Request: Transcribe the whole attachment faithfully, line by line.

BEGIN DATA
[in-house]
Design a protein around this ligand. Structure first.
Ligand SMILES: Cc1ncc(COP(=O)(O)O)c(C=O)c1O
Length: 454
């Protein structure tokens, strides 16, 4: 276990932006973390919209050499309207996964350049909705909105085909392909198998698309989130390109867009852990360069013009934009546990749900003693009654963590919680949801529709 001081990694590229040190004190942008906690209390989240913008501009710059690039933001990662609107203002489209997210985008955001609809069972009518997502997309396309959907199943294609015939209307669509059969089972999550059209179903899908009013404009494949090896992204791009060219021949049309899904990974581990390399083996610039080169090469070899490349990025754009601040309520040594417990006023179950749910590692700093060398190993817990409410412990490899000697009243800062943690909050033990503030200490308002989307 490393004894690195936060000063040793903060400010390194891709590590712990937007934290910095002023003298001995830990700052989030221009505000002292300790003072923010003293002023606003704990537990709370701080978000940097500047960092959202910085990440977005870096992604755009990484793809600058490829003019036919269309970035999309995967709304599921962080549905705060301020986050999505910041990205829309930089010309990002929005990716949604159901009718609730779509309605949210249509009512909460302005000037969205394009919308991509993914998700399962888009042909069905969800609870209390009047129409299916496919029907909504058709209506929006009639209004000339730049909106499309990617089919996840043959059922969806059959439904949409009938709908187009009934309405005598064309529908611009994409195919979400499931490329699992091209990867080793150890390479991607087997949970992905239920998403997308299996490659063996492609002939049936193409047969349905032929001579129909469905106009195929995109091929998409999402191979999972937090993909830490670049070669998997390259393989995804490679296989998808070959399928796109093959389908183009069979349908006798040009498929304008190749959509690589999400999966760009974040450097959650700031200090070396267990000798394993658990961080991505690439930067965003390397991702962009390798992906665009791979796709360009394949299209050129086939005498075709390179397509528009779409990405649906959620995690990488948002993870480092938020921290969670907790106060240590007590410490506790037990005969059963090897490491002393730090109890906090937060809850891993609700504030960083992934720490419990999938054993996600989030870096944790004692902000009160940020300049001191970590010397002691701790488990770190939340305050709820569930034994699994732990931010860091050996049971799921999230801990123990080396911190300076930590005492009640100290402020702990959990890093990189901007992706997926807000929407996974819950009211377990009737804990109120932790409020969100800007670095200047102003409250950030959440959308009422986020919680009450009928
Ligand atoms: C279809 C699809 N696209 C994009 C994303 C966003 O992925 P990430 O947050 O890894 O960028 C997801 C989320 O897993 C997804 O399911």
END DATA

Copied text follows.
[in-house]
Design a protein around this ligand. Structure first.
Ligand SMILES: Cc1ncc(COP(=O)(O)O)c(C=O)c1O
Length: 454
């Protein structure tokens, strides 16, 4: 276990932006973390919209050499309207996964350049909705909105085909392909198998698309989130390109867009852990360069013009934009546990749900003693009654963590919680949801529709 001081990694590229040190004190942008906690209390989240913008501009710059690039933001990662609107203002489209997210985008955001609809069972009518997502997309396309959907199943294609015939209307669509059969089972999550059209179903899908009013404009494949090896992204791009060219021949049309899904990974581990390399083996610039080169090469070899490349990025754009601040309520040594417990006023179950749910590692700093060398190993817990409410412990490899000697009243800062943690909050033990503030200490308002989307 490393004894690195936060000063040793903060400010390194891709590590712990937007934290910095002023003298001995830990700052989030221009505000002292300790003072923010003293002023606003704990537990709370701080978000940097500047960092959202910085990440977005870096992604755009990484793809600058490829003019036919269309970035999309995967709304599921962080549905705060301020986050999505910041990205829309930089010309990002929005990716949604159901009718609730779509309605949210249509009512909460302005000037969205394009919308991509993914998700399962888009042909069905969800609870209390009047129409299916496919029907909504058709209506929006009639209004000339730049909106499309990617089919996840043959059922969806059959439904949409009938709908187009009934309405005598064309529908611009994409195919979400499931490329699992091209990867080793150890390479991607087997949970992905239920998403997308299996490659063996492609002939049936193409047969349905032929001579129909469905106009195929995109091929998409999402191979999972937090993909830490670049070669998997390259393989995804490679296989998808070959399928796109093959389908183009069979349908006798040009498929304008190749959509690589999400999966760009974040450097959650700031200090070396267990000798394993658990961080991505690439930067965003390397991702962009390798992906665009791979796709360009394949299209050129086939005498075709390179397509528009779409990405649906959620995690990488948002993870480092938020921290969670907790106060240590007590410490506790037990005969059963090897490491002393730090109890906090937060809850891993609700504030960083992934720490419990999938054993996600989030870096944790004692902000009160940020300049001191970590010397002691701790488990770190939340305050709820569930034994699994732990931010860091050996049971799921999230801990123990080396911190300076930590005492009640100290402020702990959990890093990189901007992706997926807000929407996974819950009211377990009737804990109120932790409020969100800007670095200047102003409250950030959440959308009422986020919680009450009928
Ligand atoms: C279809 C699809 N696209 C994009 C994303 C966003 O992925 P990430 O947050 O890894 O960028 C997801 C989320 O897993 C997804 O399911």